When you connect to from within the container, this connection will not leave the container, so although your MySQL server is running on localhost, from the container’s point of view, it’s “outside” on the host network.

So if your server f.ex. has the IP, make sure that MySQL is also listening on and that connections are allowed on this IP. Your container then needs to connect to instead of

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Still more progress, but a different error this time. I changed localhost to my IP and now I’m getting this error: i/o timeout

{"timestamp":"2022-07-24 23:52:26.790 -05:00","level":"info","msg":"Server is initializing...","caller":"app/server.go:237","go_version":"go1.16.7"}
{"timestamp":"2022-07-24 23:52:26.791 -05:00","level":"info","msg":"Starting websocket hubs","caller":"app/web_hub.go:93","number_of_hubs":2}
{"timestamp":"2022-07-24 23:52:26.791 -05:00","level":"info","msg":"Pinging SQL","caller":"sqlstore/store.go:262","database":"master"}
{"timestamp":"2022-07-24 23:52:36.791 -05:00","level":"error","msg":"Failed to ping DB","caller":"sqlstore/store.go:272","error":"dial tcp REDACTED_IP:3306: i/o timeout","retrying in seconds":10}

On the host OS (outside of your containers), please run:

lsof -n -i :3306

and post the output.
Also, please login to your MySQL server via commandline and run the following command, replacing “mmuser” with your database username for the mattermost database, if it’s not “mmuser”:

select user,host from mysql.user where user="mmuser";
lsof -n -i :3306
mysqld    500229      mysql   24u  IPv4 123161825      0t0  TCP (LISTEN)
mysqld    500229      mysql   25u  IPv4 232568145      0t0  TCP> (ESTABLISHED)
mysqld    500229      mysql   44u  IPv4 232568163      0t0  TCP> (ESTABLISHED)
mysqld    500229      mysql   55u  IPv4 233527217      0t0  TCP> (ESTABLISHED)
mysqld    500229      mysql  116u  IPv4 232568177      0t0  TCP> (ESTABLISHED)
mattermos 980450 mattermost    6u  IPv4 232568144      0t0  TCP> (ESTABLISHED)
mattermos 980450 mattermost    7u  IPv4 233527216      0t0  TCP> (ESTABLISHED)
mattermos 980450 mattermost   12u  IPv4 232568162      0t0  TCP> (ESTABLISHED)
mattermos 980450 mattermost   19u  IPv4 232568176      0t0  TCP> (ESTABLISHED)
mysql> select user,host from mysql.user where user="mmuser";
| user   | host |
| mmuser | %    |
1 row in set (0.00 sec)

Alright, so the mmuser account is allowed to connect from all IPs, which is good, but mysql is only running on Please check your mysql config files for an option called “bind-address”, it is set to at the moment and should be commented out. Once you’ve done that, restart your mysql server and you will see in the lsof -n -i :3306 output, that it’s also listening on your internal IP now.

Please note that this change allows access from other systems to your mysql server, so if your network is not trusted, you will also have to set up firewall rules on your host then to prevent unwanted access to this service from other hosts.

I checked /etc/mysql/conf.d/mysql.cnf and its contents were just


I tried editing it to

bind-address =

per MySQL Bind Address - FOSS TechNix but this didn’t change anything.

Can you share a list of files below /etc/mysql on your system? Sometimes it’s a bit hidden and really tedious to work with:

find /etc/mysql

You applied the change to the [mysql] section, which is the client-part. But we need to add this to the [mysqld] section, the server part. So you could look out for a file that contains [mysqld], on my system, this is the file /etc/mysql/mariadb.conf.d/50-server.cnf:

# grep -rF "[mysqld]" /etc/mysql
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find /etc/mysql

I see, it’s in /etc/mysql/mysql.conf.d/mysqld.cnf. These configs really are tedious!

I updated bind-address = = in mysqld.cnf, and restarted mysql, however I’m still running into the same error when the mattermost pod starts up:

{"timestamp":"2022-07-26 17:59:45.908 -05:00","level":"info","msg":"Pinging SQL","caller":"sqlstore/store.go:262","database":"master"}
{"timestamp":"2022-07-26 17:59:55.934 -05:00","level":"error","msg":"Failed to ping DB","caller":"sqlstore/store.go:272","error":"dial tcp REDACTED_PUBLIC_IP:3306: i/o timeout","retrying in seconds":10}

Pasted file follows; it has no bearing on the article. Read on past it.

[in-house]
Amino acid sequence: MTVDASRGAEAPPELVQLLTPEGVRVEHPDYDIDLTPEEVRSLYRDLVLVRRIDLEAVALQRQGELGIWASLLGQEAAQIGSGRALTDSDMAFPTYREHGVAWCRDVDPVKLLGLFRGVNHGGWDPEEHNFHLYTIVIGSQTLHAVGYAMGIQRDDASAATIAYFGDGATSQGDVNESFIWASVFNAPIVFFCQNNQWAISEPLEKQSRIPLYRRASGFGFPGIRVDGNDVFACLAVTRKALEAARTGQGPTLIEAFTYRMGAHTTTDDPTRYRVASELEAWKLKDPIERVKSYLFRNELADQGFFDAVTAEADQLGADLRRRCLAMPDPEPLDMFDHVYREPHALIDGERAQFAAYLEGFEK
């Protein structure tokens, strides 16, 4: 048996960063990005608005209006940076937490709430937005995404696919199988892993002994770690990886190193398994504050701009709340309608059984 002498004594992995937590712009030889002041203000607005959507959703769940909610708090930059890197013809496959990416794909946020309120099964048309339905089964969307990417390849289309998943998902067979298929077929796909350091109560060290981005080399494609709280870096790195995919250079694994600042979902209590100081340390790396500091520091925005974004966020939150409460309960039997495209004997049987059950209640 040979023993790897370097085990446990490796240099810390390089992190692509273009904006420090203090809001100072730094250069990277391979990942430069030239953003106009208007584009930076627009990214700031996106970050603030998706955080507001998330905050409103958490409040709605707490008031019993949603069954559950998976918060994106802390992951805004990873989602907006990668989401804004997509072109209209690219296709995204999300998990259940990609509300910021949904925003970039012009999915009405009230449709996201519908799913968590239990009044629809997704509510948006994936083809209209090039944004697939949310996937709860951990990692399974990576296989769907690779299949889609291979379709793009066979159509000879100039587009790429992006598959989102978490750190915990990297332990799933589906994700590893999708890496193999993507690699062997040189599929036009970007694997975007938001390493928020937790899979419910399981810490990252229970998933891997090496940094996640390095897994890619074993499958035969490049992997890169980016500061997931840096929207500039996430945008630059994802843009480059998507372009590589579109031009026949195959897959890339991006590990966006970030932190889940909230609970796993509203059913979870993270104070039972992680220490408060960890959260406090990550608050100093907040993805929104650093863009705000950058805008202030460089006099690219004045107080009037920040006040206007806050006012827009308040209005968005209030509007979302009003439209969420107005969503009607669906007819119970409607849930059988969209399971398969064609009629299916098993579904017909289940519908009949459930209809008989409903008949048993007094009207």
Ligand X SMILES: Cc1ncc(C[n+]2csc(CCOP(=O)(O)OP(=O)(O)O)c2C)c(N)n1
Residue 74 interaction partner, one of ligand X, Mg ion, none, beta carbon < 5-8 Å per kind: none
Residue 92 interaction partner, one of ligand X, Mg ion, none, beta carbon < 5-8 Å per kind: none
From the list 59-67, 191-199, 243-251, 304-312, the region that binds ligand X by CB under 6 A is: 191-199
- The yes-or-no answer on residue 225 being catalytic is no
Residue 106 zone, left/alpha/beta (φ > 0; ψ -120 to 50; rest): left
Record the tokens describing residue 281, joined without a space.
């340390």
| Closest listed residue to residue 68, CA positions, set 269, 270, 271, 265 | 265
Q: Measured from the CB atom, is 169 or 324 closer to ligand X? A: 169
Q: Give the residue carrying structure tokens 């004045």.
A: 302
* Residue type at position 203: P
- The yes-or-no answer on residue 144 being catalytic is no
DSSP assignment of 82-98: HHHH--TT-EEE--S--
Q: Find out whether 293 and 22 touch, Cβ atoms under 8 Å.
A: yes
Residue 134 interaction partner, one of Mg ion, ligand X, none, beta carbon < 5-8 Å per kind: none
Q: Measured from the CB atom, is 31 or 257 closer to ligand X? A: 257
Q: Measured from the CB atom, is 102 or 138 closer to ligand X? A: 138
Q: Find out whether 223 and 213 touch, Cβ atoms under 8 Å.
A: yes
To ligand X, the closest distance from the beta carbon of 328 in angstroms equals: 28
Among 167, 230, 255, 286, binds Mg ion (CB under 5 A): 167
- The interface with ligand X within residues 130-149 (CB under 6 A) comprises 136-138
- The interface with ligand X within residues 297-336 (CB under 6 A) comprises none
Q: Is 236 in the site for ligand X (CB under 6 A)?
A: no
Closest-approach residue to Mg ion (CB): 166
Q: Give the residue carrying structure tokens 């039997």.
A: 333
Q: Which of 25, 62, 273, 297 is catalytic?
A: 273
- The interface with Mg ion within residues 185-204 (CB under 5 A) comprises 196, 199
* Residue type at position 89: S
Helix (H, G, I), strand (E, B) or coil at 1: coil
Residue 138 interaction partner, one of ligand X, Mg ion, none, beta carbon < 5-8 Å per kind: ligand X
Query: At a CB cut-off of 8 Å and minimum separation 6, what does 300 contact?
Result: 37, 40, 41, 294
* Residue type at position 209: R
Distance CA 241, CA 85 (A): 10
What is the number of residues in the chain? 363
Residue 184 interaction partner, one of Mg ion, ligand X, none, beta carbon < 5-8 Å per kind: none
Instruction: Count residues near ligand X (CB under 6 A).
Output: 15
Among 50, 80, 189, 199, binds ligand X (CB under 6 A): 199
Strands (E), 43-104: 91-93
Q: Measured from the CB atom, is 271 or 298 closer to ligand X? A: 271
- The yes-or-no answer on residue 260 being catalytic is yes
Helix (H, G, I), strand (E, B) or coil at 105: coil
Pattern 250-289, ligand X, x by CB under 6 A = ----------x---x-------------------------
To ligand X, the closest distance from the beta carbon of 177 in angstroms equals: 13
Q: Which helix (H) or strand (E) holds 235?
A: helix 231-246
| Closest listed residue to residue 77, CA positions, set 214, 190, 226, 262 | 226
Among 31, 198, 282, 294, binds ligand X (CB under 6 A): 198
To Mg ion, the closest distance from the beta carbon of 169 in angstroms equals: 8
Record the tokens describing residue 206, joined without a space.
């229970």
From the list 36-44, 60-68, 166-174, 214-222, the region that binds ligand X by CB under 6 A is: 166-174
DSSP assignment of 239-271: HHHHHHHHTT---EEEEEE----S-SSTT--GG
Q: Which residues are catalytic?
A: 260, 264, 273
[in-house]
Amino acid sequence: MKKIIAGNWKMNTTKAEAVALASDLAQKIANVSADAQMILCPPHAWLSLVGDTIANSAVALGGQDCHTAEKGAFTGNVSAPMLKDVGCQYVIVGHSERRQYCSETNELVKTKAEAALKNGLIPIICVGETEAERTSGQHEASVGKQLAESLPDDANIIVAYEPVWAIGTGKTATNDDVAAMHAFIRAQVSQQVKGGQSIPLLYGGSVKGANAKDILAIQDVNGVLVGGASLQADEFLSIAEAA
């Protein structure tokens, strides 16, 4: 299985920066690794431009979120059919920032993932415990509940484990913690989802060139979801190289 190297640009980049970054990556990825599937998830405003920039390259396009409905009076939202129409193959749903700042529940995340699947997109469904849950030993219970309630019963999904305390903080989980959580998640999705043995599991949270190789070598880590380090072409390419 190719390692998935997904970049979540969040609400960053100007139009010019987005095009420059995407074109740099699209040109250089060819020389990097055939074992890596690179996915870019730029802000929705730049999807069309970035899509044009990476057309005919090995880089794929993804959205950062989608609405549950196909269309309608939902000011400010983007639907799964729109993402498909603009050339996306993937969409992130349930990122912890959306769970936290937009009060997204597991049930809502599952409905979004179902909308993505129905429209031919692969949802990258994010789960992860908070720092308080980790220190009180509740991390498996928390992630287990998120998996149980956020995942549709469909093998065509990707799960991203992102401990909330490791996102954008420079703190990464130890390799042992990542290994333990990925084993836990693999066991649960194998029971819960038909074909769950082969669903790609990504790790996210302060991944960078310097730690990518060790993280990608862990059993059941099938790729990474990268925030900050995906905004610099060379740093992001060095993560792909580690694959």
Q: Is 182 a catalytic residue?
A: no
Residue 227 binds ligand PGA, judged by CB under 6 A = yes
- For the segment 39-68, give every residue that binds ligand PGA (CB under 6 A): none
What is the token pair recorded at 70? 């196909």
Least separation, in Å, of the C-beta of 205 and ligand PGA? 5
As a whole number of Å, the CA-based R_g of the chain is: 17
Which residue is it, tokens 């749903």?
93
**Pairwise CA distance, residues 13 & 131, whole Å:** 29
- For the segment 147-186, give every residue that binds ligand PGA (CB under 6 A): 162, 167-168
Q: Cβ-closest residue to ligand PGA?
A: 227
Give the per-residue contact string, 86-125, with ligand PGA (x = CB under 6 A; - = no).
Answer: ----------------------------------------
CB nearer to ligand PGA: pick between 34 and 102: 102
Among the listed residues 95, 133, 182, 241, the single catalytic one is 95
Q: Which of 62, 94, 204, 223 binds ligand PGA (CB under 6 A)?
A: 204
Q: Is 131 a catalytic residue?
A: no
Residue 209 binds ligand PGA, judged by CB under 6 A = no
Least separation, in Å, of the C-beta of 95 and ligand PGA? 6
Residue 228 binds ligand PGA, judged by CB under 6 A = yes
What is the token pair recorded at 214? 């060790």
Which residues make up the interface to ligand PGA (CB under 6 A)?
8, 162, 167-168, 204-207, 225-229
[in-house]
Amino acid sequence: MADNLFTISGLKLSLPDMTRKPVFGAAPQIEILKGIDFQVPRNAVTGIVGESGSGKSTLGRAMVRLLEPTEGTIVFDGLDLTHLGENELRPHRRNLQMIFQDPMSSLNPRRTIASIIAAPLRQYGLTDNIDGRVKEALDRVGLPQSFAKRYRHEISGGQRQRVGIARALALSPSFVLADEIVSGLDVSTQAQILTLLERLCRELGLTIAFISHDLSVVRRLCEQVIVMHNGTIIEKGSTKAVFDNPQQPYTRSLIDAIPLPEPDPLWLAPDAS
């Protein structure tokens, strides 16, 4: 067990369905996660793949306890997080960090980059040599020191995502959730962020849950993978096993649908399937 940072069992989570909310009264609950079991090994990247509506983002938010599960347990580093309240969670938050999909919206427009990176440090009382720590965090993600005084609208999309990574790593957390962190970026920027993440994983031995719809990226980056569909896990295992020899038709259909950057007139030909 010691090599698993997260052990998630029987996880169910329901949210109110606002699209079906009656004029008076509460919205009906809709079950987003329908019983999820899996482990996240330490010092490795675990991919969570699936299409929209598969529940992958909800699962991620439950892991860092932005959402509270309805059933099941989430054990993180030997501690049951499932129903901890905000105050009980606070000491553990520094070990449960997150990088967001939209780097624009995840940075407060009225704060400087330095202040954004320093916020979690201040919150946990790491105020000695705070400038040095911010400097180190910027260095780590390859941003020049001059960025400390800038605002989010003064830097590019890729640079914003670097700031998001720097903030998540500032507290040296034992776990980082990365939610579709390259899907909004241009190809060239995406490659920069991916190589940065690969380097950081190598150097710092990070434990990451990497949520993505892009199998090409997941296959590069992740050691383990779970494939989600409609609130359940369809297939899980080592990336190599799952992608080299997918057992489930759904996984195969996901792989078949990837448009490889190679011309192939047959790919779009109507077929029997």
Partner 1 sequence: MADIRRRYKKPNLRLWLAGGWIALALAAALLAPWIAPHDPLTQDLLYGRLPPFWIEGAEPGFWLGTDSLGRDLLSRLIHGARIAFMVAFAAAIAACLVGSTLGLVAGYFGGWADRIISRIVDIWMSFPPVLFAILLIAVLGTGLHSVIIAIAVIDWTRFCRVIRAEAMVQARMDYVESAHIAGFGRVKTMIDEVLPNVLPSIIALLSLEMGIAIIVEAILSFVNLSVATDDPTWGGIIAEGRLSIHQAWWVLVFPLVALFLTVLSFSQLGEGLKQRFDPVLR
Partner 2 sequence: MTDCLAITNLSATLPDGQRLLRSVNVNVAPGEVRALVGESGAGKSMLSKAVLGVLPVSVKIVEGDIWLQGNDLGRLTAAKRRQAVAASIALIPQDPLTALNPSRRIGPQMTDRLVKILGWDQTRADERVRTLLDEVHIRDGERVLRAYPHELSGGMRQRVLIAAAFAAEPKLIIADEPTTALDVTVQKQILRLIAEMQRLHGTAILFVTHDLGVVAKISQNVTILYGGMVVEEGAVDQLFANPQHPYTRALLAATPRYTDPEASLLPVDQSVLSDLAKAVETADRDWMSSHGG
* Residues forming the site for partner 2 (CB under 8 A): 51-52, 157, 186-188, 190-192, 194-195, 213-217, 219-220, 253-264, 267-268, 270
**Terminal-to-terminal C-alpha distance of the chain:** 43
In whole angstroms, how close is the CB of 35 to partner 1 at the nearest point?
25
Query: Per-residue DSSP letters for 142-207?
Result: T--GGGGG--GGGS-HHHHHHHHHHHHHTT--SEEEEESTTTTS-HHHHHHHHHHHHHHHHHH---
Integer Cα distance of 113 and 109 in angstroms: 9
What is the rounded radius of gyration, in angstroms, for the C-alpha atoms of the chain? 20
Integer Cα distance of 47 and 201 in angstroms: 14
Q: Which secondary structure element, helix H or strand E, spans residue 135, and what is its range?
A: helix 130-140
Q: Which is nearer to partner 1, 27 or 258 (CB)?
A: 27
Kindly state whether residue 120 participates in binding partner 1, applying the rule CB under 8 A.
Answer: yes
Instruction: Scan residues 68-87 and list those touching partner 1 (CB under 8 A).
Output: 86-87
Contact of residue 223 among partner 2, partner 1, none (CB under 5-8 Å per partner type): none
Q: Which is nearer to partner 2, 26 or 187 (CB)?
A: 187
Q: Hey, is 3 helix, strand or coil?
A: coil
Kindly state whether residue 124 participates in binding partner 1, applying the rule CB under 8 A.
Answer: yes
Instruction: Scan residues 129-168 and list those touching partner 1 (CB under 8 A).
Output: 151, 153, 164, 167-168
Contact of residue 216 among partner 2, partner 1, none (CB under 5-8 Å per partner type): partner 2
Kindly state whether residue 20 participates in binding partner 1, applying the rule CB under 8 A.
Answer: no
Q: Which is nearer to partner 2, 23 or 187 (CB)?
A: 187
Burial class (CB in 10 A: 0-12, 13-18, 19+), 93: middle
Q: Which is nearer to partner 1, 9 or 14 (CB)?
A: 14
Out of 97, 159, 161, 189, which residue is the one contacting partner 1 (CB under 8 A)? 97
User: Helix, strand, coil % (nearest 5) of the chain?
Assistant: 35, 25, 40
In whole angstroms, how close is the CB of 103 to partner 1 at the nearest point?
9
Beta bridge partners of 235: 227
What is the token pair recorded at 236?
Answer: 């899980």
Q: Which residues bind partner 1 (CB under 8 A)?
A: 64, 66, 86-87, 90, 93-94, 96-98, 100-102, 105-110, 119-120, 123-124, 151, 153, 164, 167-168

I’ve also been trying running mysql in a container (on port 3333), using a copy of my existing db’s configs. Regardless of the one I choose mattermost to connect to, I have the same issue.

FWIW though, I can use a SQL client (Sequeler) to connect to the DB running in docker on port 3333 from my laptop, and I was also able to do so before changing the config. I cannot however connect to the DB running on 3306 (it times out).

Are there any firewall rules on your system that could prevent access to mysql on port 3306? Please post the output of:

lsof -n -i :3306
iptables -L -n -v | grep 3306
~# lsof -n -i :3306
mysqld    1007060      mysql   24u  IPv4 235051886      0t0  TCP *:mysql (LISTEN)
mysqld    1007060      mysql   27u  IPv4 235052005      0t0  TCP> (ESTABLISHED)
mysqld    1007060      mysql   33u  IPv4 235052023      0t0  TCP> (ESTABLISHED)
mysqld    1007060      mysql   37u  IPv4 235052029      0t0  TCP> (ESTABLISHED)
mysqld    1007060      mysql   38u  IPv4 235374276      0t0  TCP> (ESTABLISHED)
mysqld    1007060      mysql   41u  IPv4 235052037      0t0  TCP> (ESTABLISHED)
mysqld    1007060      mysql   75u  IPv4 235055409      0t0  TCP> (ESTABLISHED)
mattermos 1007103 mattermost    6u  IPv4 235052004      0t0  TCP> (ESTABLISHED)
mattermos 1007103 mattermost   12u  IPv4 235052022      0t0  TCP> (ESTABLISHED)
mattermos 1007103 mattermost   15u  IPv4 235052028      0t0  TCP> (ESTABLISHED)
mattermos 1007103 mattermost   19u  IPv4 235052035      0t0  TCP> (ESTABLISHED)
mattermos 1007103 mattermost   64u  IPv4 235374274      0t0  TCP> (ESTABLISHED)
plugin-li 1007762 mattermost   12u  IPv4 235055408      0t0  TCP> (ESTABLISHED)
~# iptables -L -n -v | grep 3306
    7   380 ACCEPT     tcp  --  !br-73fec2cf3b15 br-73fec2cf3b15             tcp dpt:3306

Hmm… OK, next try. When you look at the IP addresses configured on your host system, you should see one interface called docker0, here’s the output on my system for reference:

# ifconfig | grep -A1 docker0
docker0: flags=4099<UP,BROADCAST,MULTICAST>  mtu 1500
        inet  netmask  broadcast

Can you try to use this IP address for the mysql connection inside your container? In my case it would be

# ifconfig | grep -A1 docker0
docker0: flags=4099<UP,BROADCAST,MULTICAST>  mtu 1500
        inet  netmask  broadcast

I tried switching the IP in the mysql data source to Still fails with the same error

{"timestamp":"2022-07-26 22:24:24.319 -05:00","level":"error","msg":"Failed to ping DB","caller":"sqlstore/store.go:272","error":"dial tcp i/o timeout","retrying in seconds":10}

I’m wondering if there’s an issue with how I’ve structured the environment variables in the mattermost container:


Btw thanks for your perseverance, you’ve been very helpful despite this issue!